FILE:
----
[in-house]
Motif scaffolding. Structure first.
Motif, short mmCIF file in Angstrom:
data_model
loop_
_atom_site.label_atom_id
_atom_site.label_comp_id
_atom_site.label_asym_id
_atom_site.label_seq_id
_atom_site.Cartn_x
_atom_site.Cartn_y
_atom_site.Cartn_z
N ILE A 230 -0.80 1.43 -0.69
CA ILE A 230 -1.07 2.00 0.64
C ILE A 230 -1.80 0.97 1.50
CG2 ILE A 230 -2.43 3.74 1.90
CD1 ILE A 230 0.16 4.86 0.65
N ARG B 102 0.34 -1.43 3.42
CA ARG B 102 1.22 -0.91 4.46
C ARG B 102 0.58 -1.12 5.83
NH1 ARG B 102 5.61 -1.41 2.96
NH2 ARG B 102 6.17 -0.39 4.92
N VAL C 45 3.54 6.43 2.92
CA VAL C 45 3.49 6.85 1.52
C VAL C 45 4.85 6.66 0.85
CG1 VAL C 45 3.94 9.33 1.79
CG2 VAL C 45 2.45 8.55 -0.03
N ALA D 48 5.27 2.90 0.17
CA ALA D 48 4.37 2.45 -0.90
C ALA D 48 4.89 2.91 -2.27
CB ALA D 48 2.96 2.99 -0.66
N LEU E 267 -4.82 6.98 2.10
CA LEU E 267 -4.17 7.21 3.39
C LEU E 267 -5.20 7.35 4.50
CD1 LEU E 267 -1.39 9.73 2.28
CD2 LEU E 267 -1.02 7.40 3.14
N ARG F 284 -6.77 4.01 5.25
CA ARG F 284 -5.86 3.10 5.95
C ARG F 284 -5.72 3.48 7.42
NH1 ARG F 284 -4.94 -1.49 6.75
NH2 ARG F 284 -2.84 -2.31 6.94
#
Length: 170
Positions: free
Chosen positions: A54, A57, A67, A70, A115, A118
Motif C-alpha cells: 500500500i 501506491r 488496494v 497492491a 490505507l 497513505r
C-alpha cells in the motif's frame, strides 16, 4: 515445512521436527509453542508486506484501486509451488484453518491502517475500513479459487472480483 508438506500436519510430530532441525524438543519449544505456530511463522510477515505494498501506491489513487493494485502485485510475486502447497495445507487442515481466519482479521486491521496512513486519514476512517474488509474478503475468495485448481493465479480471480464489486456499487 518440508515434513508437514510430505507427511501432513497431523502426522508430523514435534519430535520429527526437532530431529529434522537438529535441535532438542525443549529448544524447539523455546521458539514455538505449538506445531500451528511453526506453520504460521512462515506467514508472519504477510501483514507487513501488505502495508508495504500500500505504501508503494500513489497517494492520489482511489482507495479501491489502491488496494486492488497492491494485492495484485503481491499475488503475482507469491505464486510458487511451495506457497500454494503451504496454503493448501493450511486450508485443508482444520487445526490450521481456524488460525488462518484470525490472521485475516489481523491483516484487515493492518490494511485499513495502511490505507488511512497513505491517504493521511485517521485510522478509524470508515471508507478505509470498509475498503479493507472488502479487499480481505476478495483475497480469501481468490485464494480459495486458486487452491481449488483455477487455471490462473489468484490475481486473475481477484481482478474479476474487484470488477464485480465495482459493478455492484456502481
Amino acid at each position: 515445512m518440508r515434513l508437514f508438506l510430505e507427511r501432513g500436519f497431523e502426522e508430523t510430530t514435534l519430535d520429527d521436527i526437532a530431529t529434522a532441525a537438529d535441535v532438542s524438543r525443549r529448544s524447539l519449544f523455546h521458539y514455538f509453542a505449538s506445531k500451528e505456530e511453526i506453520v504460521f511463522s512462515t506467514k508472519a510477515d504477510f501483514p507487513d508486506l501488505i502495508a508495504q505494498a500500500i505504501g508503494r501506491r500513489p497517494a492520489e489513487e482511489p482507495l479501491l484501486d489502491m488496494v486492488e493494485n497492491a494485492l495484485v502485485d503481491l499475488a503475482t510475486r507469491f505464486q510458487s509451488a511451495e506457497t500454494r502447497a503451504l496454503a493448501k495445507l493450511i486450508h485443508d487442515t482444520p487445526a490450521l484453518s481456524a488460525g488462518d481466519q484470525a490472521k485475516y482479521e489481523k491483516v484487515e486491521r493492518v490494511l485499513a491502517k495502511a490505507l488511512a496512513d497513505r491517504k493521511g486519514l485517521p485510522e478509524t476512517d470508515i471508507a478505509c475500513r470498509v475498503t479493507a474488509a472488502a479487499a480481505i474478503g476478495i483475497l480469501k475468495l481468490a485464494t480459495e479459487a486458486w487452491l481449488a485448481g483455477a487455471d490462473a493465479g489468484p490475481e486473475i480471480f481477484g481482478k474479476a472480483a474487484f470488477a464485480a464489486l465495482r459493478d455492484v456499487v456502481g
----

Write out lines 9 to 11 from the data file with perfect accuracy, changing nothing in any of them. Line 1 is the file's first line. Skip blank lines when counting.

_atom_site.label_seq_id
_atom_site.Cartn_x
_atom_site.Cartn_y